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Race based nicknames may become harder to changeSubmitted: 10/16/2013
Race based nicknames may become harder to change
Story By Associated Press

MADISON - The Wisconsin Assembly passes a bill making it harder to force public schools to drop American Indian nicknames.

They passed the measure 52-41 Tuesday.

The Senate was expected to take up the bill TODAY but GOP leaders later announced they'll consider the bill next month.

Currently, the state Department of Public Instruction must hold a hearing on a school's race-based nickname if one person complains about it.

The school must prove the nickname doesn't promote discrimination.

DPI then decides whether the name must go.

The bill would require the person making the complaint to collect signatures equal to 10 percent of the school district's student population to trigger a review and would have to prove discrimination.

The Department of Administration, not DPI, would make the final call.

(Copyright 2013 Associated Press - All Rights Reserved)



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 IN OTHER NEWS
What We're Working OnSubmitted: 07/27/2017

- Tonight on Newswatch 12:


We take our Long Summer Weekend to Langlade County:

We talk about the importance of lumber industry in Langlade County and throughout Wisconsin, and we talk to Northcentral Technical College and a local lumber company about how NTC is like a pipeline of talent for the industry.

We show you the Langlade County Fair's annual horsemanship showcase and introduce you to some of the competitors.

And when you go shopping for produce, you normally take a list and pull straight from the store shelf. But tonight we take you to a Deerbrook farm where you buy a season's worth of vegetables without knowing what you'll get.


We'll bring you the details on these stories and more on our long summer weekend in Langlade County tonight on Newswatch 12 - news from where you live.

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RHINELANDER - Learning of a cheating wife may have led a Waukesha man to light a van on fire, shoot off a gun, and trigger the Oneida County SWAT team near Pelican Lake last week.

Prosecutors filed formal charges against 51-year-old Richard Hitchcock in Oneida County Court on Thursday.

Hitchcock is accused of burning his van in the woods and firing three shots last Thursday. The Oneida County Sheriff's Office responded with its SWAT team, a drone, and canine units before arresting Hitchcock.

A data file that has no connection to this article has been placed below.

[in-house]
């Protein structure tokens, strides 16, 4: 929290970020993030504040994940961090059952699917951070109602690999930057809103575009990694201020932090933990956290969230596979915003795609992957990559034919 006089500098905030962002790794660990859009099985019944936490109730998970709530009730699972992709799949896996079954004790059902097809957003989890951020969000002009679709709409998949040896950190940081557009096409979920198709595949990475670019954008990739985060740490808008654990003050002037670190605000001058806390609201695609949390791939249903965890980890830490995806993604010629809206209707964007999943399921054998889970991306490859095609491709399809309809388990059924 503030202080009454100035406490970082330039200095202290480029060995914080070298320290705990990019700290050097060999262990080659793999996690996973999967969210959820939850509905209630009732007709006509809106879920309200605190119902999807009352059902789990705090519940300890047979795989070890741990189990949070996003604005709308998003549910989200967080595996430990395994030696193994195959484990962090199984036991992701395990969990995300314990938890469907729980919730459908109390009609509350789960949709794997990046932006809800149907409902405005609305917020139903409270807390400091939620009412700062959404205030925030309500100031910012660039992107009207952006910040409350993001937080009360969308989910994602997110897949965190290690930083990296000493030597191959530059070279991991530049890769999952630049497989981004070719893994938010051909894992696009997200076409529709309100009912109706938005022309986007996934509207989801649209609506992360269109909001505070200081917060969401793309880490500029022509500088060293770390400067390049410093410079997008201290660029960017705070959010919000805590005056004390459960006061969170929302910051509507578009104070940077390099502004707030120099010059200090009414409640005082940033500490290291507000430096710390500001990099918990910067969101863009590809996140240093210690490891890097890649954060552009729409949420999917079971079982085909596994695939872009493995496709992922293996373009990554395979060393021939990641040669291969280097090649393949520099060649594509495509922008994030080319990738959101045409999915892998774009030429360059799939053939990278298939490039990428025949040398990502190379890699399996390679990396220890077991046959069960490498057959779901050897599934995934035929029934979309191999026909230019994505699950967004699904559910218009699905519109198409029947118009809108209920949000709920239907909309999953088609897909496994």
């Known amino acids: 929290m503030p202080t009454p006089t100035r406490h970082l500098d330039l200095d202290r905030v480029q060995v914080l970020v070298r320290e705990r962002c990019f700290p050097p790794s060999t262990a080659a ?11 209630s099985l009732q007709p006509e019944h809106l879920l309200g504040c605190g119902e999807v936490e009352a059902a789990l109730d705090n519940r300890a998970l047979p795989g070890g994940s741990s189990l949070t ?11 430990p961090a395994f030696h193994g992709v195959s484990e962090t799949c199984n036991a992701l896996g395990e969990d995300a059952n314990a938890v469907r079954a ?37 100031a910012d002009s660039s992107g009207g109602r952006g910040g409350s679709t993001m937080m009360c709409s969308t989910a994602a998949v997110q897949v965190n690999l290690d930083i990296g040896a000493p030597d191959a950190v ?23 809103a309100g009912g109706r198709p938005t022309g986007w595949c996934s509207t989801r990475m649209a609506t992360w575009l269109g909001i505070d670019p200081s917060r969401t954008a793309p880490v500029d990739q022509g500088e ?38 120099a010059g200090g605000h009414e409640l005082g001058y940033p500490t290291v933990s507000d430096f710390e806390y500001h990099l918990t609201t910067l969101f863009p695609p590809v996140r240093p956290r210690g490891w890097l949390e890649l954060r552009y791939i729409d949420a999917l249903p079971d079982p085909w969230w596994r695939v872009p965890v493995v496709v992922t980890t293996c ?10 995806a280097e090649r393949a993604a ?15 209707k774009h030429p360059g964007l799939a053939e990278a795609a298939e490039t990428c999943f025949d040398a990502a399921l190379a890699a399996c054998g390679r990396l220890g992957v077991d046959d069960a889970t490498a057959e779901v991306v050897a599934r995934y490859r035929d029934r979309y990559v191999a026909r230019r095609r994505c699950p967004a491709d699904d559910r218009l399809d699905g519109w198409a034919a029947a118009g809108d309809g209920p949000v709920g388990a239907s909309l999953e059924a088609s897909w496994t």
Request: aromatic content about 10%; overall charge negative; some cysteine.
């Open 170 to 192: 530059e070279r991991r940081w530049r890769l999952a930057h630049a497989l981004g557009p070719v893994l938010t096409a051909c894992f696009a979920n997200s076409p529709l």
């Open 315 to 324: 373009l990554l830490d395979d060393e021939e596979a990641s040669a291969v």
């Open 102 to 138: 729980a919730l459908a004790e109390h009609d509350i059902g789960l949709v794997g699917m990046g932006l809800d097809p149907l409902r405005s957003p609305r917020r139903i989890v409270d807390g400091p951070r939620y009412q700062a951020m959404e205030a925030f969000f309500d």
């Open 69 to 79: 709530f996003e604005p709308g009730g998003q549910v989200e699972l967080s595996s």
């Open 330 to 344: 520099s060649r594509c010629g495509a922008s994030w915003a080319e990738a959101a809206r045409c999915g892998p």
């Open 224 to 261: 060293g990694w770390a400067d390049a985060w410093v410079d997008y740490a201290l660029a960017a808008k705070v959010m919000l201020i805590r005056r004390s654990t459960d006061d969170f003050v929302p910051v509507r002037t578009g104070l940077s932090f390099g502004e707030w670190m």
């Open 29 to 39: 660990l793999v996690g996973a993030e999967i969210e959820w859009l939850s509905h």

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LANGLADE - A legacy that started in 1947 lives on in the small community of Langlade. 

Bob and Joni's bar has gone through three generations of owners and a few name changes since it opened more than 70 years ago. 

However, one thing has remained the same. 

"If you're not laughing, smiling, having a good time, you're probably at the wrong bar," said Bob and Joni's manager Jeremy Walters.

35- year-old Jeremy Walters jumped at the chance to help at his family's bar.

"You're supposed to be 18, I'm pretty sure I was a little early on that," said Walters. 

Walters' grandfather opened the bar in 1947 as the Northern Lights. 

It was passed along to Walters' father. 

Now Walters' manages the same bar, now Bob and Joni's. 
 
When Walters' grandfather first opened the bar, it used to attract 20 people.

 After more than 70 years in business, a lot has changed.

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MADISON - A judge has ordered computer-maker Apple Inc. to pay more than $506 million in a patent infringement case brought by the Wisconsin Alumni Research Foundation after the two sides agreed on final damages.

A jury in 2015 found Apple infringed on a patent held by the foundation, which supports research at the University of Wisconsin-Madison. The patent involves chip technology developed at the university. The technology was used in processors installed by Apple in a number of products.

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OCONTO - Logging crews in northern Wisconsin are trying to make up for rainy weather that's slowed down their operations.

Logging experts tell WLUK-TV that it typically takes three or four days of dry weather for the ground to be parched enough for trucks to operate on logging roads.

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THREE LAKES - Normally when we think of invasive species, we want to get rid of them. But on Tuesday in Three Lakes, people learned how to cook with invasive species.

It was all part of a cooking demonstration held at the Demmer Memorial Library. Oneida County AIS Coordinator Stephanie Boismenue led the class.

Boismenue says it's an effort to help educate the public.

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MERRILL - Twenty-one-year-old Tyler Monroe may have been looking to flee to Canada after killing his father last year in a Merrill apartment.

But in court on Wednesday, Monroe's defense attorney suggested it was also plausible someone else killed Kevin Monroe, 55.

On July 14, prosecutors charged Tyler Monroe with killing Kevin Monroe in January 2016 and hiding his corpse. On Wednesday, Lincoln County Judge Jay Tlusty found enough evidence to support the charge and allowed the case to continue.

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